Refine .gitlab-ci.yml / best practices

Hello, first post here so my apologies in advance if I am not following the etiquette! I aim to please.

I am staring at a .gitlab-ci.yml file that I put together based on some guides and my own prior experience and trying to wrap my head around how to make it better and more modular. As an overview, this is a Java Maven project with spring boot. there are three stages:

  1. Run tests (this step works great)
  2. Run build (this step works great)
  3. Package into a container (here is where I am having issues)

Before progressing further:

Gitlab version 15.0.0-ee self-hosted

Gitlab runner version 15.0.0

I am gearing up to enable the “review app” function and ideally embrace the AutoDevOps workflow (potentially streamlining this setup so I could even remove my gitlab-ci file seems like a lofty goal, but I never quite understood that system and would love to reuse as much of its methodology as I can). So because of that I have these issues with my current .gitlab-ci.yml

1 - Issues with docker-in-docker

I had to settle on running the package step on a “shell” runner (same host as the usual docker gitlab runner)

I am not quite clear here, which is the recommendation, what is the best guide. I churned through so many combinations of settings for configuring gitlab runner and distros. Started with RHEL, but ran into cgroupsv2 issues and weirdness due to podman vs docker. Then

If you look at the gitlab-ci file it shows a tag on the final stage, so this is all running on the shell of that gitlab runner which I do not like the idea of that. I am worried about race conditions and cache issues and tagging the container as the same thing in two overlapping jobs. Is my concern justified? Should I spend another day and a half trying to get docker-in-docker to work or use the “bind docker socket” hack? What are the shared gitlab runners on gitlab.com using as a best practice to provide docker in docker?

2 - Code duplication

I am not clear here on how to fold my two “package” stages down into one stage so there is less code duplication. I am having trouble understanding the documentation and the distinctions between rules: and environment: nodes in the .yml file and which would be the right path.

3 container sprawl / image lifecycle

In the attached .gitlab-ci.yml you can see that I am building the image and tagging it with the $CI_COMMIT_SHA, then re-tagging as :latest to push to my registry. I am seeing that this leaves a ton of images on my gitlab runner host. I really only need the gitlab package registry to contain the “latest” image of the most recent master branch build, and an image corresponding to any git tags. What is the best way to make sure these numerous images with the $CI_COMMIT_SHA go away? Just delete them in the gitlab pipeline? That will not also delete the :latest though right?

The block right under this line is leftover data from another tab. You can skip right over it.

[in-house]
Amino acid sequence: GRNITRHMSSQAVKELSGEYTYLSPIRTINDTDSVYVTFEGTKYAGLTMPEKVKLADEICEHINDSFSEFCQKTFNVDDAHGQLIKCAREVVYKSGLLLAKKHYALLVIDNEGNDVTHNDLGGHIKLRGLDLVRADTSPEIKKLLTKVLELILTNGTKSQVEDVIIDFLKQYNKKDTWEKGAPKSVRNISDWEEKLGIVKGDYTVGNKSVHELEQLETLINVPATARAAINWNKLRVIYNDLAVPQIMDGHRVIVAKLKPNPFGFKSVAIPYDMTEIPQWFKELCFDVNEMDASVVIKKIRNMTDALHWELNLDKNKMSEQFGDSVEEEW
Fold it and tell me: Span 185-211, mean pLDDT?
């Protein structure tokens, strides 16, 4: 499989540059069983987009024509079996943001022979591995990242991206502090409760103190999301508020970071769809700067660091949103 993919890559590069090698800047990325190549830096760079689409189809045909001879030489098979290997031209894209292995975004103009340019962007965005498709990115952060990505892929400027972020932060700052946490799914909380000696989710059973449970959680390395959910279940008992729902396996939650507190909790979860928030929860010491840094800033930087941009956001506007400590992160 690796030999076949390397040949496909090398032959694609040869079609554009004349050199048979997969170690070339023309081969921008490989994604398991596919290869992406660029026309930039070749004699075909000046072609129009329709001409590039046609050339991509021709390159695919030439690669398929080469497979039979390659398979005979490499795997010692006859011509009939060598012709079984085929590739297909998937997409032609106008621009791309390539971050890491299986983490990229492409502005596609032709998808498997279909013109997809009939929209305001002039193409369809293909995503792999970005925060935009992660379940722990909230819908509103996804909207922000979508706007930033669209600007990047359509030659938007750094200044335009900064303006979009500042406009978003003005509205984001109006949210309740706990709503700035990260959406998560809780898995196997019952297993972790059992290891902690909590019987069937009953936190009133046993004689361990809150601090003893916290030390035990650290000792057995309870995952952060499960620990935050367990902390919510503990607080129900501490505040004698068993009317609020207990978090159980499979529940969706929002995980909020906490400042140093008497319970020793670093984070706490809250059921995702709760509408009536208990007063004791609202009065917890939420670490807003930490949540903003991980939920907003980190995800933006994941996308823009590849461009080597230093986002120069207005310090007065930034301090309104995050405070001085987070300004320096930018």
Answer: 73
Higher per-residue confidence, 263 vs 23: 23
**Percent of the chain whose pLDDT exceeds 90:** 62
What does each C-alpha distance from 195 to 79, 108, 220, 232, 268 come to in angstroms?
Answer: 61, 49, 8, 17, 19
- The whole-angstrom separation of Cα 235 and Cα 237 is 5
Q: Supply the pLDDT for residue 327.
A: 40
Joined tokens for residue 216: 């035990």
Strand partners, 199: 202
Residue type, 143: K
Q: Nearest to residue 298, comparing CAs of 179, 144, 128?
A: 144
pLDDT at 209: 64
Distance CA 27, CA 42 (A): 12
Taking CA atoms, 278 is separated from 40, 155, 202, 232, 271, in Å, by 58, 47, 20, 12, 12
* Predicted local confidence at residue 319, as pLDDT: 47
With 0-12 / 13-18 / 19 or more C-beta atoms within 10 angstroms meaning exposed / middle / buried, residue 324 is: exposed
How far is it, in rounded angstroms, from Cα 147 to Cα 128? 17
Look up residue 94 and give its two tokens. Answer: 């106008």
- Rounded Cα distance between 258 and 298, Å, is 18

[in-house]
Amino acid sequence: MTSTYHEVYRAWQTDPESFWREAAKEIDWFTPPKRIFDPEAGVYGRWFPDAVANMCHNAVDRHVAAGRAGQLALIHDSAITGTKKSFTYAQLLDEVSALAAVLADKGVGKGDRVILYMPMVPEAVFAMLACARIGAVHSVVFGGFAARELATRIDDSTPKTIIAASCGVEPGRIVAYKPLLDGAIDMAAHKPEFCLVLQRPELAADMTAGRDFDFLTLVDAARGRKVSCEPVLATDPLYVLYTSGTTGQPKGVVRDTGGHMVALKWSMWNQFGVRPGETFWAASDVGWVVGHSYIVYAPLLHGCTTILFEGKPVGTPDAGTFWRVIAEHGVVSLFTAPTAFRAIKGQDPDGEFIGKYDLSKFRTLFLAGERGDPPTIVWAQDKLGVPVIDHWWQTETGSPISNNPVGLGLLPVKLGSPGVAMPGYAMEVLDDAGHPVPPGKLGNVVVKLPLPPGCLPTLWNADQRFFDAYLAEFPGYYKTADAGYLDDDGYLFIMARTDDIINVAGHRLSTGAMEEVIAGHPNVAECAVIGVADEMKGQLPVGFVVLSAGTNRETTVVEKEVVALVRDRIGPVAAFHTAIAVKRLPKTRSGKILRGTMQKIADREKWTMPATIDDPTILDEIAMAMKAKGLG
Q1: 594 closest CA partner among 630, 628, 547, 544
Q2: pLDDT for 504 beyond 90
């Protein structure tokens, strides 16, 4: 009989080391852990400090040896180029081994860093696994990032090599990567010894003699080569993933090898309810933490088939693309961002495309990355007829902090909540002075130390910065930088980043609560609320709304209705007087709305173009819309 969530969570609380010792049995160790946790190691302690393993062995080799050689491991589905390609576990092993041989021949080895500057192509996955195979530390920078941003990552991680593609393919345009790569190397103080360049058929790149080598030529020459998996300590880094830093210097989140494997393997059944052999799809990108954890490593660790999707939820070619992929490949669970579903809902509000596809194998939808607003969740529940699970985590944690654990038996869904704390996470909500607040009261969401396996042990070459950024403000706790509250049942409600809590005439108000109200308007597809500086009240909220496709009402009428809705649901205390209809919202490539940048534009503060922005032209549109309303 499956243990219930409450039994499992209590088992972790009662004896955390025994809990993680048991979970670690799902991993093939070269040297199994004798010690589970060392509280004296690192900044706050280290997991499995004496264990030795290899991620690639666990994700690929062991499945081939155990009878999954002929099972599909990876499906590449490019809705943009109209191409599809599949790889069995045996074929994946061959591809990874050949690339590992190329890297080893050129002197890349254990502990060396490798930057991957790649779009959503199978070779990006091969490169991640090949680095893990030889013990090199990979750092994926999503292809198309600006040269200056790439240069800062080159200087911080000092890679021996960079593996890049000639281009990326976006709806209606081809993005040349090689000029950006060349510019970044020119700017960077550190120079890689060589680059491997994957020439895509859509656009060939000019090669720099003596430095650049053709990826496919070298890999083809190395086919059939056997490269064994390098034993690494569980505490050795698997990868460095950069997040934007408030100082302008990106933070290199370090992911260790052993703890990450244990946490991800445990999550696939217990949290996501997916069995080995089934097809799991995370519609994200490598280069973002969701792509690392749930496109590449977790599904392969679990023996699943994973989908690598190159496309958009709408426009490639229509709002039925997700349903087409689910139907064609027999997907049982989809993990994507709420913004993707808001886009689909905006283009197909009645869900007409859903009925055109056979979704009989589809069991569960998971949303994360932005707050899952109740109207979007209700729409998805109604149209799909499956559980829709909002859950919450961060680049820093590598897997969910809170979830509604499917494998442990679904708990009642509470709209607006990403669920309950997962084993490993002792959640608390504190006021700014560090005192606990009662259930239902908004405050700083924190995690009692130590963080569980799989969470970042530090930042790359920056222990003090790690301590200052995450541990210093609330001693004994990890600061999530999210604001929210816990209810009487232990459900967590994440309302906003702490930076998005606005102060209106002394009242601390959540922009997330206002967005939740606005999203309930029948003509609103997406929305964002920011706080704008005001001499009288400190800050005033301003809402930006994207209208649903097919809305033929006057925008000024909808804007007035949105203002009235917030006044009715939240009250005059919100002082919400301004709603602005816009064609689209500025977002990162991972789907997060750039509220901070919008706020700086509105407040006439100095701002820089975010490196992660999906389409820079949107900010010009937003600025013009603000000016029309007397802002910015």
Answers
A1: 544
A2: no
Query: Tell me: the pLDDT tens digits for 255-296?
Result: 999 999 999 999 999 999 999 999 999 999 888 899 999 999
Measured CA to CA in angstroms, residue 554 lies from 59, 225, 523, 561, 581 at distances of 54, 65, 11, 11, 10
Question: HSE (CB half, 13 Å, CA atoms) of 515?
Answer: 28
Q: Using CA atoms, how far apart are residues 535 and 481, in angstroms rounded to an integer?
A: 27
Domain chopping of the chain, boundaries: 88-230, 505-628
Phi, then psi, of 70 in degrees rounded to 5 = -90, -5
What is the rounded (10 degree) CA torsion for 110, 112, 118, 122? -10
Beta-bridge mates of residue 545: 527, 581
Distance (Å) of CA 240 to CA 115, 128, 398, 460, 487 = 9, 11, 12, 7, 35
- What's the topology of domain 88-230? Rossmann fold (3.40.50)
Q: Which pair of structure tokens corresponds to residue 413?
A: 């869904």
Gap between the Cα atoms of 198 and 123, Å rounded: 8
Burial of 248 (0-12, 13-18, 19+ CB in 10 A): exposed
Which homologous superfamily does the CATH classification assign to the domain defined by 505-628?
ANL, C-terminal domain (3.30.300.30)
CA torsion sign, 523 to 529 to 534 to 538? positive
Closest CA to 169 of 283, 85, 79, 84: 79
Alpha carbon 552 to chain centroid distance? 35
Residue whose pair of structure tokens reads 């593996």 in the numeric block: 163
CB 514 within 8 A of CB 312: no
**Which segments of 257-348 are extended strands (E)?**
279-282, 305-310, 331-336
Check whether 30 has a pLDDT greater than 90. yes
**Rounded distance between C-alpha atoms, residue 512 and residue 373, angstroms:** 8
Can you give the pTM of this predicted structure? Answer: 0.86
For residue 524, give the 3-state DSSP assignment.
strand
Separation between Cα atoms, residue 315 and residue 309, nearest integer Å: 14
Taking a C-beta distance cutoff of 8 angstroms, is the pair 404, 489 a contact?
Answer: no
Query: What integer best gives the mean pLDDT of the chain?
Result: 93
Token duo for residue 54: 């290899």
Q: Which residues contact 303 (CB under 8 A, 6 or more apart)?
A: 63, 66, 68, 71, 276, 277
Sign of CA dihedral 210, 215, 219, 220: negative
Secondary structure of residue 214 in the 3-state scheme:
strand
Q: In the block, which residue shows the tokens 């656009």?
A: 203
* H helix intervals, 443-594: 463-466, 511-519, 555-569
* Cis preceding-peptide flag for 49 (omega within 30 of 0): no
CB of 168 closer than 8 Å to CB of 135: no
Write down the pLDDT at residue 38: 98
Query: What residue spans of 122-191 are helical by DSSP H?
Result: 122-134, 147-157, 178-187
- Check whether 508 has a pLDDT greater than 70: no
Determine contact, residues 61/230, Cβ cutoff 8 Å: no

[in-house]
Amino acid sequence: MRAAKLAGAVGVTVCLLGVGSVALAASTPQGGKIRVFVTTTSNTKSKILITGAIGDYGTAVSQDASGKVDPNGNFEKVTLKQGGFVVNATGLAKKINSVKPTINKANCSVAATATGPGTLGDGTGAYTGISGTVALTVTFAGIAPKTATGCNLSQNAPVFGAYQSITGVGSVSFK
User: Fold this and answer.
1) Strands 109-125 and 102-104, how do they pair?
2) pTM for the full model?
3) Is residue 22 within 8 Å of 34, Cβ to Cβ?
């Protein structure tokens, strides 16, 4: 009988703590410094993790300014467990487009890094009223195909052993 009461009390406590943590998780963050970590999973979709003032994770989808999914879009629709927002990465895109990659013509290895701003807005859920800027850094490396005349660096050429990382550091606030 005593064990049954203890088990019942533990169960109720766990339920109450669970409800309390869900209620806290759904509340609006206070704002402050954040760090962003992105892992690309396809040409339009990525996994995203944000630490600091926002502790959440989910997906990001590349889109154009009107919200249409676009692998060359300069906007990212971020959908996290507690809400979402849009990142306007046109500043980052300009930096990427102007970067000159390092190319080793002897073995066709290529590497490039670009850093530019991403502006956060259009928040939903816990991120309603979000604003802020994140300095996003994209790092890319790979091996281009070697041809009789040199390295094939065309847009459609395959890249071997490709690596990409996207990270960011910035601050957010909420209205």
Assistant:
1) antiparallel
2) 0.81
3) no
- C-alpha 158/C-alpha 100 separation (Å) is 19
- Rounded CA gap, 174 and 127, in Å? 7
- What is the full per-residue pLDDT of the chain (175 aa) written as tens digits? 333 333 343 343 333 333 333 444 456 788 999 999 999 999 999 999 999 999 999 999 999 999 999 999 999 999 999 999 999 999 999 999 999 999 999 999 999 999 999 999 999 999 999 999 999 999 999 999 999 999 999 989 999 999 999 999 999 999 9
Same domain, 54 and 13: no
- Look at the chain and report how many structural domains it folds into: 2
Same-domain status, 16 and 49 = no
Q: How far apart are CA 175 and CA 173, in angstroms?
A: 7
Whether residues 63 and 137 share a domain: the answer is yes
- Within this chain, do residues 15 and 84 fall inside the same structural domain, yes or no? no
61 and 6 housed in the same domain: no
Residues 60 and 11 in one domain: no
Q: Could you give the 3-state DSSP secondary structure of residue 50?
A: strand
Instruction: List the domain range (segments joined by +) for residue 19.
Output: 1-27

#image: docker:latest
#services:
#  - docker:dind

variables:
  DOCKER_DRIVER: overlay
  #SPRING_PROFILES_ACTIVE: gitlab-ci

stages:
  - test
  - build
  - package

maven-test:
  image: maven:3-openjdk-17
  stage: test
  script: "mvn test"

maven-build:
  image: maven:3-openjdk-17
  stage: build
  only:
    - master
    - tags
  script: "mvn package -B"
  artifacts:
    paths:
      - target/*.jar



# Here, the goal is to tag the "master" branch as "latest"
Push latest:
  variables:
    # We are just playing with Docker here. 
    # We do not need GitLab to clone the source code.
    GIT_STRATEGY: none
  stage: package
  tags:
    - shell
  only:
    # Only "master" should be tagged "latest"
    - master
  script:
    # login to docker
    - docker login -u gitlab-ci-token -p $CI_BUILD_TOKEN [gitlab-registry-host:port]
    # fetches the latest image (not failing if image is not found)
    - docker pull $CI_REGISTRY_IMAGE/container_name:latest || true
    # builds the project, passing proxy variables, using OCI labels
    # notice the cache-from, which is going to use the image we just pulled locally
    # the built image is tagged locally with the commit SHA, and then pushed to 
    # the GitLab registry
    - >
      docker build
      --pull
      --build-arg http_proxy=$http_proxy